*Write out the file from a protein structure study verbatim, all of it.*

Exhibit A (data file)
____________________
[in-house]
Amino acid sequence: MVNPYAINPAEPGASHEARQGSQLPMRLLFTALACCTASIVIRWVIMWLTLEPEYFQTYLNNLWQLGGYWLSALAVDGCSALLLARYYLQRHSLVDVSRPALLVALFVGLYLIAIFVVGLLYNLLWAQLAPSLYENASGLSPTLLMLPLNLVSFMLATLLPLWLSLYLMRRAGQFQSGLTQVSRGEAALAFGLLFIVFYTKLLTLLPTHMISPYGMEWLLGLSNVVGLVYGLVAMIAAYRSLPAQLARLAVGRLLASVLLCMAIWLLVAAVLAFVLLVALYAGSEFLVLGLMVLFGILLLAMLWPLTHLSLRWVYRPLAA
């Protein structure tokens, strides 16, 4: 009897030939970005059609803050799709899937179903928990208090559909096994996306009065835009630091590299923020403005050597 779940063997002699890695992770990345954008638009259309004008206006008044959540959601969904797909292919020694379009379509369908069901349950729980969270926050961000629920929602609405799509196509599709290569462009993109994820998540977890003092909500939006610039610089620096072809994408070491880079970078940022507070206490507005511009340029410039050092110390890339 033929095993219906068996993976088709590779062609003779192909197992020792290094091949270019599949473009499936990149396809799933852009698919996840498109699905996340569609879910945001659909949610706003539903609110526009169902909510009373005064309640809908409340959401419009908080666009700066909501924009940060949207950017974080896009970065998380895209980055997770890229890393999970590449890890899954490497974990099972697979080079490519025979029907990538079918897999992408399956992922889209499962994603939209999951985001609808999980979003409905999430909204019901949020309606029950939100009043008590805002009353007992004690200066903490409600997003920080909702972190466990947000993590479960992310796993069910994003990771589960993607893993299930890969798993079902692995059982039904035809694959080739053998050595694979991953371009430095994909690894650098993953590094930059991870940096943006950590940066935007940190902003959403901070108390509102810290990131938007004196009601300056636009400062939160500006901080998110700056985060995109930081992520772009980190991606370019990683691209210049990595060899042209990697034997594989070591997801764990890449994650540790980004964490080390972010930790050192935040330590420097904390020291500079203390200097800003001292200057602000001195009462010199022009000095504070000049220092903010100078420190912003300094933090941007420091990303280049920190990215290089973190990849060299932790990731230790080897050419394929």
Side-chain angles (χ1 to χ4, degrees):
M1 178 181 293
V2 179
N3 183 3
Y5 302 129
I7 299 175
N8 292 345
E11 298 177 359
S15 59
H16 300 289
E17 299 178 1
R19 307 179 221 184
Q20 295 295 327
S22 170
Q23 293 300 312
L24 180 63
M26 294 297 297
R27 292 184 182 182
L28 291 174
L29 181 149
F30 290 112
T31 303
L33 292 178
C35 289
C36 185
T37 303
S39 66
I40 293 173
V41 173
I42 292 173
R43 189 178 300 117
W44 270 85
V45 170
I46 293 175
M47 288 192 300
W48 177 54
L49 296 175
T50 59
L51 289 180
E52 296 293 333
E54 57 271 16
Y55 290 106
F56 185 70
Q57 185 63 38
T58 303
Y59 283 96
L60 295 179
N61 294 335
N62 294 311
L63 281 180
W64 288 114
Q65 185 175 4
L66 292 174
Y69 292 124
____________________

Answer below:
[in-house]
Amino acid sequence: MVNPYAINPAEPGASHEARQGSQLPMRLLFTALACCTASIVIRWVIMWLTLEPEYFQTYLNNLWQLGGYWLSALAVDGCSALLLARYYLQRHSLVDVSRPALLVALFVGLYLIAIFVVGLLYNLLWAQLAPSLYENASGLSPTLLMLPLNLVSFMLATLLPLWLSLYLMRRAGQFQSGLTQVSRGEAALAFGLLFIVFYTKLLTLLPTHMISPYGMEWLLGLSNVVGLVYGLVAMIAAYRSLPAQLARLAVGRLLASVLLCMAIWLLVAAVLAFVLLVALYAGSEFLVLGLMVLFGILLLAMLWPLTHLSLRWVYRPLAA
């Protein structure tokens, strides 16, 4: 009897030939970005059609803050799709899937179903928990208090559909096994996306009065835009630091590299923020403005050597 779940063997002699890695992770990345954008638009259309004008206006008044959540959601969904797909292919020694379009379509369908069901349950729980969270926050961000629920929602609405799509196509599709290569462009993109994820998540977890003092909500939006610039610089620096072809994408070491880079970078940022507070206490507005511009340029410039050092110390890339 033929095993219906068996993976088709590779062609003779192909197992020792290094091949270019599949473009499936990149396809799933852009698919996840498109699905996340569609879910945001659909949610706003539903609110526009169902909510009373005064309640809908409340959401419009908080666009700066909501924009940060949207950017974080896009970065998380895209980055997770890229890393999970590449890890899954490497974990099972697979080079490519025979029907990538079918897999992408399956992922889209499962994603939209999951985001609808999980979003409905999430909204019901949020309606029950939100009043008590805002009353007992004690200066903490409600997003920080909702972190466990947000993590479960992310796993069910994003990771589960993607893993299930890969798993079902692995059982039904035809694959080739053998050595694979991953371009430095994909690894650098993953590094930059991870940096943006950590940066935007940190902003959403901070108390509102810290990131938007004196009601300056636009400062939160500006901080998110700056985060995109930081992520772009980190991606370019990683691209210049990595060899042209990697034997594989070591997801764990890449994650540790980004964490080390972010930790050192935040330590420097904390020291500079203390200097800003001292200057602000001195009462010199022009000095504070000049220092903010100078420190912003300094933090941007420091990303280049920190990215290089973190990849060299932790990731230790080897050419394929």
Side-chain angles (χ1 to χ4, degrees):
M1 178 181 293
V2 179
N3 183 3
Y5 302 129
I7 299 175
N8 292 345
E11 298 177 359
S15 59
H16 300 289
E17 299 178 1
R19 307 179 221 184
Q20 295 295 327
S22 170
Q23 293 300 312
L24 180 63
M26 294 297 297
R27 292 184 182 182
L28 291 174
L29 181 149
F30 290 112
T31 303
L33 292 178
C35 289
C36 185
T37 303
S39 66
I40 293 173
V41 173
I42 292 173
R43 189 178 300 117
W44 270 85
V45 170
I46 293 175
M47 288 192 300
W48 177 54
L49 296 175
T50 59
L51 289 180
E52 296 293 333
E54 57 271 16
Y55 290 106
F56 185 70
Q57 185 63 38
T58 303
Y59 283 96
L60 295 179
N61 294 335
N62 294 311
L63 281 180
W64 288 114
Q65 185 175 4
L66 292 174
Y69 292 124